No aspirational report such as this would be worth its salt without the phrase 'developing innovative and creative ways to deliver more' This typically translates to 'we haven't got a clue at the moment but hopefully someone will come up with something' and it usually infers a trip into outsourcing territory.

In fact it has already been decided to put together a business case with a view to set up an external company, wholly owned by the council, to deliver affordable housing. The council contends that such an organisation could attract funding which the council couldn't. If it was capable of attracting extra funding and investment this suggests it would need to be run at a profit; so not necessarily compatible with local and sometimes sensitive and specialised housing needs, and far from transparent.

Companies are currently expressing their interests in the running of the entire Leisure Department, from swimming pools to the Archives; country parks to libraries. The award process, possibly a trust, will start next February. To make it even less transparent the council have even outsourced the company to sift through the interested parties.
It looks like the Housing Department may well be next in line...

Back briefly to the agenda and despite news of record parking profits, the long awaited 'free parking pilot' which was 'urgently' referred to the Board, after cross-party approval, around four months ago is notable for its continued absence. Maybe next time eh?

I also note that Tuesday's meeting is not being webcast, despite a promise back in June. Along with a raft of other WLGA recommendations, this was supposed to be implemented within three months, ie January 2015. Let's hope its sorted for the next one. Although with the actual decisions being taken in the pre-meeting meetings and post-meeting briefings, the bit in the middle, for public viewing, is essentially cosmetic.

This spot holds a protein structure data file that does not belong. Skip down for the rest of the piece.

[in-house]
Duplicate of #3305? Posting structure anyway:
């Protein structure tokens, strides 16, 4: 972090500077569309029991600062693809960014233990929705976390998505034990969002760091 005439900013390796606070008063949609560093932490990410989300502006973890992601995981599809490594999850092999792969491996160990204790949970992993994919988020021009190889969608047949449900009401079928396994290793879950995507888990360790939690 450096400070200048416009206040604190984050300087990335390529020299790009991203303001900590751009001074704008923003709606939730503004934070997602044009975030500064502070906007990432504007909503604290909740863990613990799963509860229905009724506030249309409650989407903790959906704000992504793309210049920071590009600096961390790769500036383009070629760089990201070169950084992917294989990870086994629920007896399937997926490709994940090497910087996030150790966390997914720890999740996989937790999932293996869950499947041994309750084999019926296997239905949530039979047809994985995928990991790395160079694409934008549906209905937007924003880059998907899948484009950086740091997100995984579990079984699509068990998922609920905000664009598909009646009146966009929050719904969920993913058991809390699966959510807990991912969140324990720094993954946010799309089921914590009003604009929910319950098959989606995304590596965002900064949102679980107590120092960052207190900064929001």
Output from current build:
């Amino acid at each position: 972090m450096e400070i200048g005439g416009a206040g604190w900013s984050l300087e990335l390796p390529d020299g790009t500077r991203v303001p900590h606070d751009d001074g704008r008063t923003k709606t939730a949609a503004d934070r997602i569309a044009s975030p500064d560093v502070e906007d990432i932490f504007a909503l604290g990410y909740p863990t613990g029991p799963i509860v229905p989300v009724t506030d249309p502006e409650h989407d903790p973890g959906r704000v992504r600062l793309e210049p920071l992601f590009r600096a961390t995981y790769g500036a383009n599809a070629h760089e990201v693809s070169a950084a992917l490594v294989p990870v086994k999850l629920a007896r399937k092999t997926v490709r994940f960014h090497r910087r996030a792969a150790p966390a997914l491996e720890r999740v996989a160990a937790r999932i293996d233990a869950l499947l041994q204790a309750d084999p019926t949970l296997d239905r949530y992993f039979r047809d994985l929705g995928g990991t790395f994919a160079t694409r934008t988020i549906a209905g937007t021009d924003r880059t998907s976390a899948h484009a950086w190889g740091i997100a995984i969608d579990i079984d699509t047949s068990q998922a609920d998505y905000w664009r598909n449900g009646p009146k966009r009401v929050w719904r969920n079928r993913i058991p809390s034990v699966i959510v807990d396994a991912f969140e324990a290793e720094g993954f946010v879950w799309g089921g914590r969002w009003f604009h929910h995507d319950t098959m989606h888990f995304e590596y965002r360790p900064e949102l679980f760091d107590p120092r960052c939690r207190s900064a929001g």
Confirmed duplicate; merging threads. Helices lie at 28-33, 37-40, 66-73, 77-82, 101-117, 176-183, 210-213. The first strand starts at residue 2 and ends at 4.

Anonymous said...

Following the article in The Carmarthen Herald this week re: The lack of requirement for
a knowledge of the Welsh language in the 2 advertised positions for senior posts, can anybody say how many of the Executive Council are fluent in Welsh? Perhaps if not they can be described as "ardent Welsh learners" like the Chief Executive!

Anonymous said...

Seriously, is this council fit for service any more? All I read about are the underhanded, incompetent dodgy dealings by people who, quite frankly, seem incapable of running a bath let alone a council.

The amount of matters that are brought into question can only be the tip of the iceberg and it would not surprise me to discover how far and wide the dark lords tentacles spread. Perhaps more digging is required, but the whole toxic culture of this shower that supposedly represent the population of Carmarthenshire needs eliminating.

The more you, and other parties, including the Herald (?) paper can bring the failings and, more importantly, the sheer contempt which they perceive the public with, to the public domain, the better chance there is to remove the wholly inadequate lot of them, starting with mr james QC.